JA: Yes. Definitely. When I was around 11 I was so taken by the skill of DJ Carey. When I saw him playing I was completely blown away. I couldn’t believe that somebody could do the things that he did at that speed. I could not believe his mastery of the ball. I just thought about how I could get better and better. Whenever I was 13 or 14 we went down to play in the All-Ireland Féile and we won it. We were All-Ireland champions. That’s when I really started to know that we were mixing it with everybody in Ireland, so why not? After that we just kept going and going: in ’97, we won a junior All-Ireland, in 2000 we won an intermediate All-Ireland and then ‘Rossa started winning.
BC: What was the hardest skill to master?
JA: Probably getting out of a ruck with the ball. People probably thought: ‘She’s small, she’ll get pushed off the ball…’ My motivation then was to get stronger, get lower to the ground. That was probably the hardest skill but it gave me the most enjoyment, to be able to get the ball off somebody who was a lot bigger than me.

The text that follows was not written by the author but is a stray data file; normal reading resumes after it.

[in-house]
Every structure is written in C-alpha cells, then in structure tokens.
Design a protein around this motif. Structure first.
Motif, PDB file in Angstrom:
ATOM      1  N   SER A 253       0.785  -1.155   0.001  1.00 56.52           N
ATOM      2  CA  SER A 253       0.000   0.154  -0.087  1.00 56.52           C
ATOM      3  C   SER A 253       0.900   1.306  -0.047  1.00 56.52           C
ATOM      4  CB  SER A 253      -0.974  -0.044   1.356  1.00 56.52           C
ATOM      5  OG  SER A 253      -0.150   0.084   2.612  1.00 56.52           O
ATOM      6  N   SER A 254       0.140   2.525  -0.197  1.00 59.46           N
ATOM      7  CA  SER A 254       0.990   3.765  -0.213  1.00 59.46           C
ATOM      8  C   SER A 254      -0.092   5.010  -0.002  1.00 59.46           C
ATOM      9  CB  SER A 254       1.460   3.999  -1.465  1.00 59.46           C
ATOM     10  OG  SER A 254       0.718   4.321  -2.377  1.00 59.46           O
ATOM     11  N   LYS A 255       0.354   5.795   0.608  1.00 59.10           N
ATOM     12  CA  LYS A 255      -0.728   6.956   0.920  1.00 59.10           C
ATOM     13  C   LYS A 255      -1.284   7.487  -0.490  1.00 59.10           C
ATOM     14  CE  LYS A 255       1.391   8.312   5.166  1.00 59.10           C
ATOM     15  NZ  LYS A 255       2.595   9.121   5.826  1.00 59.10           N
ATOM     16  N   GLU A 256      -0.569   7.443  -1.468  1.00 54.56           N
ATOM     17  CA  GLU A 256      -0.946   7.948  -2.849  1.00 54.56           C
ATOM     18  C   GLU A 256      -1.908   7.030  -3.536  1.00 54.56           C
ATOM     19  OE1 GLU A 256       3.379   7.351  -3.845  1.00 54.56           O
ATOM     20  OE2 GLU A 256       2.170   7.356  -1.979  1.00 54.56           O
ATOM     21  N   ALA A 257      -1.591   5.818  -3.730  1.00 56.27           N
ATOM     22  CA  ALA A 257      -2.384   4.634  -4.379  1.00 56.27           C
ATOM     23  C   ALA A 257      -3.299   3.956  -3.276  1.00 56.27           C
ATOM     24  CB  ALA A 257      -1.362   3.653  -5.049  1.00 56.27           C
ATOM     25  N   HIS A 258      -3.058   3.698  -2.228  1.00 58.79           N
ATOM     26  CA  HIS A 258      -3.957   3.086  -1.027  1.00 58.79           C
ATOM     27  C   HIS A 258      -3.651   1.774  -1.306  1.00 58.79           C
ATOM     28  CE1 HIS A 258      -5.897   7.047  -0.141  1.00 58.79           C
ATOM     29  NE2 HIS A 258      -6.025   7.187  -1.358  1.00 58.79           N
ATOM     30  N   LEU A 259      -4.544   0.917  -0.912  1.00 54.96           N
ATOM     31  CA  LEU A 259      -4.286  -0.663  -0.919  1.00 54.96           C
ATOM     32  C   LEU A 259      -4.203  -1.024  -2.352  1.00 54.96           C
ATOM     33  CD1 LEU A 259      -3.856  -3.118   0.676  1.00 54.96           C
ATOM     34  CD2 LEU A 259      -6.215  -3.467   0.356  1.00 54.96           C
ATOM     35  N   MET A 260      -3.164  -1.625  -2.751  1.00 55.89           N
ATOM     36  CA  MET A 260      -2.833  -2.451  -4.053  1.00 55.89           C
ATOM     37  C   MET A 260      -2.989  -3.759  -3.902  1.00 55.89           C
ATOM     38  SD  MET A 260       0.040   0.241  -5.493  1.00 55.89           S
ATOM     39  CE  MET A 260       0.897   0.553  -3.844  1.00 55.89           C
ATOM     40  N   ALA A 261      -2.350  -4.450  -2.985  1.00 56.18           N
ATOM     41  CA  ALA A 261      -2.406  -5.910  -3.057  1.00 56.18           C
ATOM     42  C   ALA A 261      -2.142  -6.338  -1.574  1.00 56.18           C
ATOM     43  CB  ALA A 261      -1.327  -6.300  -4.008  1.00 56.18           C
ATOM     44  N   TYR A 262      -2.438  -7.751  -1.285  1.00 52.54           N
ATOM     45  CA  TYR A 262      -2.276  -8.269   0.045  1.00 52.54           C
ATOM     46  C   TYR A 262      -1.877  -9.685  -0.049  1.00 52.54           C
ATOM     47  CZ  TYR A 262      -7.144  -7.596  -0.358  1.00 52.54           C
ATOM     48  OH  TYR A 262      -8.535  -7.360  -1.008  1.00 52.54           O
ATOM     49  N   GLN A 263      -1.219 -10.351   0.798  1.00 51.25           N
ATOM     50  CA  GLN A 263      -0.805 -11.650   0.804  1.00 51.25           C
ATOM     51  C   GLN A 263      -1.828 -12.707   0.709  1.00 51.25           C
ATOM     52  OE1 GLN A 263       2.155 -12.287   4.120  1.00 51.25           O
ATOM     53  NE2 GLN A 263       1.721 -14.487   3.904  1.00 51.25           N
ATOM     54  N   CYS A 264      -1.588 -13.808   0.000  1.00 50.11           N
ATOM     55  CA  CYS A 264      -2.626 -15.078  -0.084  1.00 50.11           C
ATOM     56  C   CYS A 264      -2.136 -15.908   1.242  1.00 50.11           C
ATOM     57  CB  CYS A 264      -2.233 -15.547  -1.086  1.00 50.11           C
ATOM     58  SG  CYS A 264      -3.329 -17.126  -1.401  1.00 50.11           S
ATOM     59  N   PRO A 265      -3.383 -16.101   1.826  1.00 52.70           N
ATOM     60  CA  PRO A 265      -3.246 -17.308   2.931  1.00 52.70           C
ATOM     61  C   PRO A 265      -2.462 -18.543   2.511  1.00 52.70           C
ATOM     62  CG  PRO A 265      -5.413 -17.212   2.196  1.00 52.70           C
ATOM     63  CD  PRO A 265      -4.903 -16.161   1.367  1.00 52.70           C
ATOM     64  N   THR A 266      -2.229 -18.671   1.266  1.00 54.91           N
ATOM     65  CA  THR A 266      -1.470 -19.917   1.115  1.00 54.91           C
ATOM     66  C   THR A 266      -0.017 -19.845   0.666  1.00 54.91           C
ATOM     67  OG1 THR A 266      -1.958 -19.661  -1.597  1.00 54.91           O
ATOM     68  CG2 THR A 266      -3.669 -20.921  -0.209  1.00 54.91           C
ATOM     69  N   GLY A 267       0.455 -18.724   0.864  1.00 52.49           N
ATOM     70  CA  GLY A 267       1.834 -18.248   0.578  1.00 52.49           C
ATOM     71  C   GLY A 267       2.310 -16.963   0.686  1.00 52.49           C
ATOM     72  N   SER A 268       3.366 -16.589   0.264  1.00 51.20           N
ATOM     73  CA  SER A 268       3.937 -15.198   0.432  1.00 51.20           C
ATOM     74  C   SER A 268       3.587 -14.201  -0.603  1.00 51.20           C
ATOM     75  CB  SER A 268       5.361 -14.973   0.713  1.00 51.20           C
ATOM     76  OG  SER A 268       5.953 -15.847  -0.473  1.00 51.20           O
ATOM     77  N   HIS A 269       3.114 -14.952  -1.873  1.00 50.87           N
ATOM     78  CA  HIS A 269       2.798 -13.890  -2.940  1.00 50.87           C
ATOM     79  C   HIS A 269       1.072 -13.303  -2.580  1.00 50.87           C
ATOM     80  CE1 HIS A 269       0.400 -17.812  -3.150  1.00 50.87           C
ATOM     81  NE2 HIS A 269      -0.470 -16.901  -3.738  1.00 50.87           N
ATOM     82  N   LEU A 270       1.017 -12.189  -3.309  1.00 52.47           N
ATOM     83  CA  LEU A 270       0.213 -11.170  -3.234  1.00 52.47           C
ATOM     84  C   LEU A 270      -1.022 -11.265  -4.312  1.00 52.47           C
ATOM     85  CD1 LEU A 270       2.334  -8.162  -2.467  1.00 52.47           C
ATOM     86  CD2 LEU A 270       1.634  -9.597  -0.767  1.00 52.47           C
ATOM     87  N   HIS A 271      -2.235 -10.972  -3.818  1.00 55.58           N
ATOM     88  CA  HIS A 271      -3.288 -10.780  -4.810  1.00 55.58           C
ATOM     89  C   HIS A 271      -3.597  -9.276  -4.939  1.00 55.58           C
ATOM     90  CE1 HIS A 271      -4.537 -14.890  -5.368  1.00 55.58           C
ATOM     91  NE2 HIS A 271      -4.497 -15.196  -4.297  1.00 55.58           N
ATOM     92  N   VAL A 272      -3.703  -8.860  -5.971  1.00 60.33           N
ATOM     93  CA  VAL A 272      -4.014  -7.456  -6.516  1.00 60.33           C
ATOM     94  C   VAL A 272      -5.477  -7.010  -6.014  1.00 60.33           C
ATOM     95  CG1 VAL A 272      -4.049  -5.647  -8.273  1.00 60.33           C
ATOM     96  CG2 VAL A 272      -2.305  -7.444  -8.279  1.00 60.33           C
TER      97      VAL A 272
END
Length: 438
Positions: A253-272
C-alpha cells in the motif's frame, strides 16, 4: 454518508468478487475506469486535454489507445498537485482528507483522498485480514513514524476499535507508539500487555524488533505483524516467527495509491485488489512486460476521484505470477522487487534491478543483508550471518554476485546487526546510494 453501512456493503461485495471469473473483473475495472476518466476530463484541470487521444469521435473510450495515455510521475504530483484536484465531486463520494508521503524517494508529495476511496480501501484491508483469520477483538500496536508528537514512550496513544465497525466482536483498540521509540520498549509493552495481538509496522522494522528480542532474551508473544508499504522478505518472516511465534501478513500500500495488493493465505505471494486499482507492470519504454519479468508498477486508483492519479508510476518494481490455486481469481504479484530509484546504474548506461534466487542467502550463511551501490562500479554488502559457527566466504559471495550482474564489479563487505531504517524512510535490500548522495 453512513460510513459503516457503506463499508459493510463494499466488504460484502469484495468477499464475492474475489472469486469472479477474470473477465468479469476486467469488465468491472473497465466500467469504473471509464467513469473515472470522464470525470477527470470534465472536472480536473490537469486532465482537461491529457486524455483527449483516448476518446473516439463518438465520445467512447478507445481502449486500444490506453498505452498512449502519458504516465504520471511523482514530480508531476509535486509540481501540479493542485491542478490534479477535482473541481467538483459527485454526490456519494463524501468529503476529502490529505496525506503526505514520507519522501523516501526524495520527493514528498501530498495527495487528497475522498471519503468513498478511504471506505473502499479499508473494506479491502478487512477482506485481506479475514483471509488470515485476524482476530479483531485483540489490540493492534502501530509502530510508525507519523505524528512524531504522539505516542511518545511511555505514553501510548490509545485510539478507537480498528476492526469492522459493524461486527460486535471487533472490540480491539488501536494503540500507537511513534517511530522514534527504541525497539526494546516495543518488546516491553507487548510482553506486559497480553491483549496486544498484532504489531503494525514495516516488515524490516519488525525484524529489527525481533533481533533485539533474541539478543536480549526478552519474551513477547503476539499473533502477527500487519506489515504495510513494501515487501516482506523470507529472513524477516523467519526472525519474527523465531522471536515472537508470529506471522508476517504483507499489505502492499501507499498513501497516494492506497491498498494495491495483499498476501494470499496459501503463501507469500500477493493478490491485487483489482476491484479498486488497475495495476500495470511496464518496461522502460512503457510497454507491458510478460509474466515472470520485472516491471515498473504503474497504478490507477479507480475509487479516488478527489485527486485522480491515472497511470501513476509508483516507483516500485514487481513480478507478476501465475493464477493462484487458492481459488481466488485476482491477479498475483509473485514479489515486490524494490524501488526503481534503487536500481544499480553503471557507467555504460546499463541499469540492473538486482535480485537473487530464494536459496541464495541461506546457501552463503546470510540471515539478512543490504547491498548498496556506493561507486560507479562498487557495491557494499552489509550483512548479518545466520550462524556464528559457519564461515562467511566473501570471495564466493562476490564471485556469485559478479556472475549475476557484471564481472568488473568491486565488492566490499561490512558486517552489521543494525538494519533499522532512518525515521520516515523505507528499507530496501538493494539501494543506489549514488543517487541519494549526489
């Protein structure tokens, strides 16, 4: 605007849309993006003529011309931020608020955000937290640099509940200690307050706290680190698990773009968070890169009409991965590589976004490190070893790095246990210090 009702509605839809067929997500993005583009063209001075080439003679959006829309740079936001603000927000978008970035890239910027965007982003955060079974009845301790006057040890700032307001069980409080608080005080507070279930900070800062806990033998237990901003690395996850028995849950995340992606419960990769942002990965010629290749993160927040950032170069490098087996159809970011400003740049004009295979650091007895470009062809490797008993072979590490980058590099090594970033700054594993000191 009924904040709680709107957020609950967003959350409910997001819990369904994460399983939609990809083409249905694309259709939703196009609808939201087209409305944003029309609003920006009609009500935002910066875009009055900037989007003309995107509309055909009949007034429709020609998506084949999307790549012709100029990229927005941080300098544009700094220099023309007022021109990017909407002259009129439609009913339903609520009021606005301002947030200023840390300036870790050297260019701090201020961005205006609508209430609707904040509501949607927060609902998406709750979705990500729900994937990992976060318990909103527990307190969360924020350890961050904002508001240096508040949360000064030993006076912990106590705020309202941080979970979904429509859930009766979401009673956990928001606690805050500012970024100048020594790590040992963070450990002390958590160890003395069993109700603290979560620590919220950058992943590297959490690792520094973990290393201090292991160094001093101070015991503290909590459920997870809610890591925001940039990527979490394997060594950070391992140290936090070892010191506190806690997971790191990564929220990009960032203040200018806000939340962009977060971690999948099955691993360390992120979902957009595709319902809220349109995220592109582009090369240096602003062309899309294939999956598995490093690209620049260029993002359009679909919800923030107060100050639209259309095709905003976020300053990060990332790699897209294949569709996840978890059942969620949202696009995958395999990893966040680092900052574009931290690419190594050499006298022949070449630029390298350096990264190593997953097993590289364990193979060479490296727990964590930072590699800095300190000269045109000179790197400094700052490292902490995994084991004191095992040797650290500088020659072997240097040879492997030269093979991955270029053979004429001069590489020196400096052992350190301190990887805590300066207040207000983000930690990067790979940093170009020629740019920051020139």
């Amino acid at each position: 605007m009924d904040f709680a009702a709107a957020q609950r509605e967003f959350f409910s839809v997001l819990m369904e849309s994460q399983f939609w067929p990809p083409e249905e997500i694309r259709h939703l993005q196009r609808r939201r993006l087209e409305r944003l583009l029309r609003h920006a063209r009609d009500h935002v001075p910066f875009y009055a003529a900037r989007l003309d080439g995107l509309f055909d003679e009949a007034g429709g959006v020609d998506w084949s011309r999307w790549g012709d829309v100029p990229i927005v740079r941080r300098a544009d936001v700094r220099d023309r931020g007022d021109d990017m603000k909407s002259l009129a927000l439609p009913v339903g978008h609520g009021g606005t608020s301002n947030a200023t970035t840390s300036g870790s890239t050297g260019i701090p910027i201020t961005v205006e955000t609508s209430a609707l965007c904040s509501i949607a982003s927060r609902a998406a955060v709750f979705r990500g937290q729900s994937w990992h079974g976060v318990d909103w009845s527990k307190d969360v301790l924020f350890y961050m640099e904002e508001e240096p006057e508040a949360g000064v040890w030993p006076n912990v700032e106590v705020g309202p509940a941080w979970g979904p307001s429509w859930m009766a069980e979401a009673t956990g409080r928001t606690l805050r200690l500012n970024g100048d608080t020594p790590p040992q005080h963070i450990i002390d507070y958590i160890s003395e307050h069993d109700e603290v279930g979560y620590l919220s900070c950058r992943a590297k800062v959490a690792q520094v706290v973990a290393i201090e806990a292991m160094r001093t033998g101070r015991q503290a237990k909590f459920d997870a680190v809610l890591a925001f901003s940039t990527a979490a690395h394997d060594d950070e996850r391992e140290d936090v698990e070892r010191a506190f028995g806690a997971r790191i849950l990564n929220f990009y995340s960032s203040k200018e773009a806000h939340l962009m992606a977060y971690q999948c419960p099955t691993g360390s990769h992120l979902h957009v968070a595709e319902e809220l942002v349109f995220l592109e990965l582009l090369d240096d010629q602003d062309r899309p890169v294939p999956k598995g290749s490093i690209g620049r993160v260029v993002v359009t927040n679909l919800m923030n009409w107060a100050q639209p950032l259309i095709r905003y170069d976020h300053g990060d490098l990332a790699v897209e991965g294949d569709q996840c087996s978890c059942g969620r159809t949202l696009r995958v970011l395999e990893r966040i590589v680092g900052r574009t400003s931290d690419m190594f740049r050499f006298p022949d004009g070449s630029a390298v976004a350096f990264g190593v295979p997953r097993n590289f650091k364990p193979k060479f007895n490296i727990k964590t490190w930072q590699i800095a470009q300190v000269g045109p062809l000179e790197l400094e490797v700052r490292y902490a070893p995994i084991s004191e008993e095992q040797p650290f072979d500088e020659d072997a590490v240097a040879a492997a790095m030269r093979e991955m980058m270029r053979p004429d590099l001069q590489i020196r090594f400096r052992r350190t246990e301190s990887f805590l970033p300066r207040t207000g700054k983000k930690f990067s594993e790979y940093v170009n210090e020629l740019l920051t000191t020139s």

BC: Given your achievements in sport and in business, you must be proud of yourself…
JA: I am proud, but there is the likes of Ashling Thompson who has four club All-Irelands, played for Cork and has five Allstars. I am happy and lucky in the time that I had and what I achieved. I love that I did it.
I had a wee plan in my head when I was young and everything that I planned I have achieved it in camogie, so I’m super proud of that.
In business, I’m proud that I’m working with my sister and we’re helping communities but they are helping us to pay our bills. I’m very happy with the work I do and in my family life I didn’t think I’d be as happy as what I am. I’m proud that I have a lovely wife and my ‘wee team’, which is my family, and after that I have my nieces and nephews. I’m sitting on top of the world, but it doesn’t mean I don’t have any problems.